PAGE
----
How to Manage Pests

Pests in Gardens and Landscapes

Relative susceptibility of pines (Pinus spp.) in California to the Nantucket pine tip moth—Rhyacionia frustrana

Not infested

Pinus amandii, P. attenuata, P. bungeana, P. canariensis, P. caribaea, P. coulteri, P. edulis, P. gerardiana, P. monophylla, P. montezumae, P. mugo, P. nigra, P. palustris, P. pinaster, P. pinea, P. thunbergiana, P. torreyana

Under 25% of tips infested

Pinus flexilis, P. halepensis, P. jeffreyi, P. oocarpa, P. ponderosa, P. rigida, P. taeda

About 3040% of tips infested

Pinus brutia, P. cembroides, P. muricata, P. patula, P. pseudostrobus, P. roxburghii, P. sabiniana, P. sylvestris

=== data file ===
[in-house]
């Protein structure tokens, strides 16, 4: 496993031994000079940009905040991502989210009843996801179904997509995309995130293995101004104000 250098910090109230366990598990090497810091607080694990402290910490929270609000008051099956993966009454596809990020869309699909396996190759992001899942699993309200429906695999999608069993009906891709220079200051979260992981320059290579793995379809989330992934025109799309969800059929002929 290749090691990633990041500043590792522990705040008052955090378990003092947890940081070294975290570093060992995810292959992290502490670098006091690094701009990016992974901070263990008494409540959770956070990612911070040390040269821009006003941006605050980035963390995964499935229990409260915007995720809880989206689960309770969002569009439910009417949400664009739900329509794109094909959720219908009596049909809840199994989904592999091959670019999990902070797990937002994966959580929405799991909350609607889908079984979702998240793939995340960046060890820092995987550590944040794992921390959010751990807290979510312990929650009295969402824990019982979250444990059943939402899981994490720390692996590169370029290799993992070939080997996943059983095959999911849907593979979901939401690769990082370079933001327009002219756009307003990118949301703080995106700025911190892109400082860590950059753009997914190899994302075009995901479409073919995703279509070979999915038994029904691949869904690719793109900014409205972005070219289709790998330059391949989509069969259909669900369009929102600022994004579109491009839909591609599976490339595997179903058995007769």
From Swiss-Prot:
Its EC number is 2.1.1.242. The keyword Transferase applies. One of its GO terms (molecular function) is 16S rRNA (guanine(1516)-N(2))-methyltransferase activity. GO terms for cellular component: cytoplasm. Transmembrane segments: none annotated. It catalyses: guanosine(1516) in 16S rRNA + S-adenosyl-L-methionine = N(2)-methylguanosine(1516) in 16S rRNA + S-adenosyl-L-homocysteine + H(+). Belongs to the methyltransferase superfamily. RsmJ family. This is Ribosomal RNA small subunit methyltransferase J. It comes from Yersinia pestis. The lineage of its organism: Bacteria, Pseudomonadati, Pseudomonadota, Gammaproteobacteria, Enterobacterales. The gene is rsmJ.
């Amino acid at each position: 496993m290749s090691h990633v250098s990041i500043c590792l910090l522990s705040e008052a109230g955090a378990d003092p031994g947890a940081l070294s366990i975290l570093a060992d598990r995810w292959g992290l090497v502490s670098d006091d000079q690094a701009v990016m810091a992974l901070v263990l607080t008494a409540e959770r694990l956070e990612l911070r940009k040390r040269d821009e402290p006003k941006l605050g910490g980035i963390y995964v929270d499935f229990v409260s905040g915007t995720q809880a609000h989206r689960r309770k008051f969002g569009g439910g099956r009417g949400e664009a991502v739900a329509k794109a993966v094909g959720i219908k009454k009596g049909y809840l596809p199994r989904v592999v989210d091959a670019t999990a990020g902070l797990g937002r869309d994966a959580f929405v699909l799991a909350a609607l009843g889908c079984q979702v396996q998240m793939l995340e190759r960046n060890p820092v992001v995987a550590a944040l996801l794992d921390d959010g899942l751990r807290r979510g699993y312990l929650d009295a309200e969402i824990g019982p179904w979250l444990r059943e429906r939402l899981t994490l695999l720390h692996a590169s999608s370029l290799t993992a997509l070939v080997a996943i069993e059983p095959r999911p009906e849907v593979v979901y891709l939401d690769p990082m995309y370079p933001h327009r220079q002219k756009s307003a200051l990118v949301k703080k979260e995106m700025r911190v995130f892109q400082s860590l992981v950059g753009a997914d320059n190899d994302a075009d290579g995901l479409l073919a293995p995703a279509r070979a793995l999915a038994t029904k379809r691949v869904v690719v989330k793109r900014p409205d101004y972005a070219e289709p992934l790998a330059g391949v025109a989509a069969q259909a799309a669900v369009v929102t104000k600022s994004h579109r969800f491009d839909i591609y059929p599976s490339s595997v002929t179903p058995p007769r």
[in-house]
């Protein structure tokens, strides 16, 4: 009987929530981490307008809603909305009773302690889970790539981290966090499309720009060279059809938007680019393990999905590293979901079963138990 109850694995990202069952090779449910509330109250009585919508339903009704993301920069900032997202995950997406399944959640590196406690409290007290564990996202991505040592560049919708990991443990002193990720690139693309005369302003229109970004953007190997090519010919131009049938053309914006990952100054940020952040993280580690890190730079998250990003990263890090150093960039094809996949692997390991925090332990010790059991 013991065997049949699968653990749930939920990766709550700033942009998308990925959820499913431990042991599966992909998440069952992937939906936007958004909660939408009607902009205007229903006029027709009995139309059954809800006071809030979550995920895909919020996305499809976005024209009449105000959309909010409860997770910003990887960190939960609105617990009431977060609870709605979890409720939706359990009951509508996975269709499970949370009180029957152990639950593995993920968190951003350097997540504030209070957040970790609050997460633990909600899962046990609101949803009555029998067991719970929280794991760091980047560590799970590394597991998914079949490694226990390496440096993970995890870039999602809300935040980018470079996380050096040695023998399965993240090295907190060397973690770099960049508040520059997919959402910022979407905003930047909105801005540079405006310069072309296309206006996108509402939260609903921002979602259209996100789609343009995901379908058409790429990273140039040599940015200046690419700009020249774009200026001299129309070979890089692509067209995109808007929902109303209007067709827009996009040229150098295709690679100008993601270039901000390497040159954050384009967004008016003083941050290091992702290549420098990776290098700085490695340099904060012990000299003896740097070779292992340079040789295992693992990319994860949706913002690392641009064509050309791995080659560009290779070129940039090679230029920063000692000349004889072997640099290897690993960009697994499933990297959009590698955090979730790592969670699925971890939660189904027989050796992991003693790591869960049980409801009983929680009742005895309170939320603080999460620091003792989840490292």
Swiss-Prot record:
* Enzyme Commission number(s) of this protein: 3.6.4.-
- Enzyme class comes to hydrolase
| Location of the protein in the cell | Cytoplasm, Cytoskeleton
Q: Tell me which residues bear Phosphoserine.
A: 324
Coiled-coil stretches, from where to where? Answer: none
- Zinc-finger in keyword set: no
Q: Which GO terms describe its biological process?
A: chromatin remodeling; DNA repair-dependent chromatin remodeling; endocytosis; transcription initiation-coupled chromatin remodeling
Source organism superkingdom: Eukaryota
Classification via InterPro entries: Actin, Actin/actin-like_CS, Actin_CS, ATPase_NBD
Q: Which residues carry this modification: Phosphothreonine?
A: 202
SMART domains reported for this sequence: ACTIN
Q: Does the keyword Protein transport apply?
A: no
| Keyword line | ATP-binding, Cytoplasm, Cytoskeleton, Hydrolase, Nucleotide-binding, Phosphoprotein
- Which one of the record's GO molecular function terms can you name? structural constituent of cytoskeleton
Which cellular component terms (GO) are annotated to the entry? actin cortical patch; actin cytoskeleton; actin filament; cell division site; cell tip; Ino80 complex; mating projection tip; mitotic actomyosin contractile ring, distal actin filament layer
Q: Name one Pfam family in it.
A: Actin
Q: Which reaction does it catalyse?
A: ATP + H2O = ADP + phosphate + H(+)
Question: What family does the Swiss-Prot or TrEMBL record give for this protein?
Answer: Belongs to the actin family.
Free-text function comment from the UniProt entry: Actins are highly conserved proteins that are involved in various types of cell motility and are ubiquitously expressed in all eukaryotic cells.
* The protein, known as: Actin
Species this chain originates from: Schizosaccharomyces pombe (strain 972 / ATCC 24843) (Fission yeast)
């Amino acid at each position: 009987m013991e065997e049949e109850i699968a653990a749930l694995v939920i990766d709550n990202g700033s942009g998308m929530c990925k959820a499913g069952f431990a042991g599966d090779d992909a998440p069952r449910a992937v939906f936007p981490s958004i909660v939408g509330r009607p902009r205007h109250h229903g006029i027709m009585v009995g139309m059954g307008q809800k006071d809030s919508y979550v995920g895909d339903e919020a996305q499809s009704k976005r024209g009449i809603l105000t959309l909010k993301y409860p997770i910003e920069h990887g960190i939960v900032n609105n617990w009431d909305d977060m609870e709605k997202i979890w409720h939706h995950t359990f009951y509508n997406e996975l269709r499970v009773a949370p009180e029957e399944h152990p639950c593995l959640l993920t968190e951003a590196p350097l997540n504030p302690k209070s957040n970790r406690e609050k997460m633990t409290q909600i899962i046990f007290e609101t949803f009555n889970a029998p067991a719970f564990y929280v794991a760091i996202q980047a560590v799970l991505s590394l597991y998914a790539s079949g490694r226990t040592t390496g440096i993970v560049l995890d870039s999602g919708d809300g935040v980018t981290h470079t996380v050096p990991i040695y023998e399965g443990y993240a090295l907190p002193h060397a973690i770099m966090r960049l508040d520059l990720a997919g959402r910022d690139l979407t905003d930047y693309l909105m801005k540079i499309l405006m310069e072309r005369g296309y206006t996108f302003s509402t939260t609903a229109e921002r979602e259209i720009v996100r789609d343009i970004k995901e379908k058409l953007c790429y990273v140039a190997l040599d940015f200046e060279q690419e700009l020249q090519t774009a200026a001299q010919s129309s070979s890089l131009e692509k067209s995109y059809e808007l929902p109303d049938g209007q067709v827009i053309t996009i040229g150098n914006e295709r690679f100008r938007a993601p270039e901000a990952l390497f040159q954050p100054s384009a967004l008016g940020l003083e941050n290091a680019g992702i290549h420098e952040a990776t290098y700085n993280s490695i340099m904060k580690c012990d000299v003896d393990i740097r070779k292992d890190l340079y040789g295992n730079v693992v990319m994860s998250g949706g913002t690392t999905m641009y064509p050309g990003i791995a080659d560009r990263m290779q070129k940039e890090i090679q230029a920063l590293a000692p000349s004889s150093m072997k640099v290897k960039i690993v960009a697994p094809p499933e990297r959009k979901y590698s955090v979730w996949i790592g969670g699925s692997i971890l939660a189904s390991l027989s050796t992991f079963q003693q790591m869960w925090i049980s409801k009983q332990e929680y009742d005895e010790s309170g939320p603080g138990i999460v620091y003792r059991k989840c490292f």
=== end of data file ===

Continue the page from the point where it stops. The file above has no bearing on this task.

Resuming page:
About 5085% of tips infested

Pinus contorta, P. densiflora, P. echinata, P. glabra, P. insularis, P. radiata, P. resinosa, P. virginiana

Terminal reddening from the feeding of a tip moth larva.
Terminal reddening from the feeding of a tip moth larva.

Adapted from Scriven GT, Luck RF. 1980. Susceptibility of Pines to Attack by the Nantucket Pine Tip Moth in Southern California. J. Econ. Entomol. 73:318320.


Statewide IPM Program, Agriculture and Natural Resources, University of California
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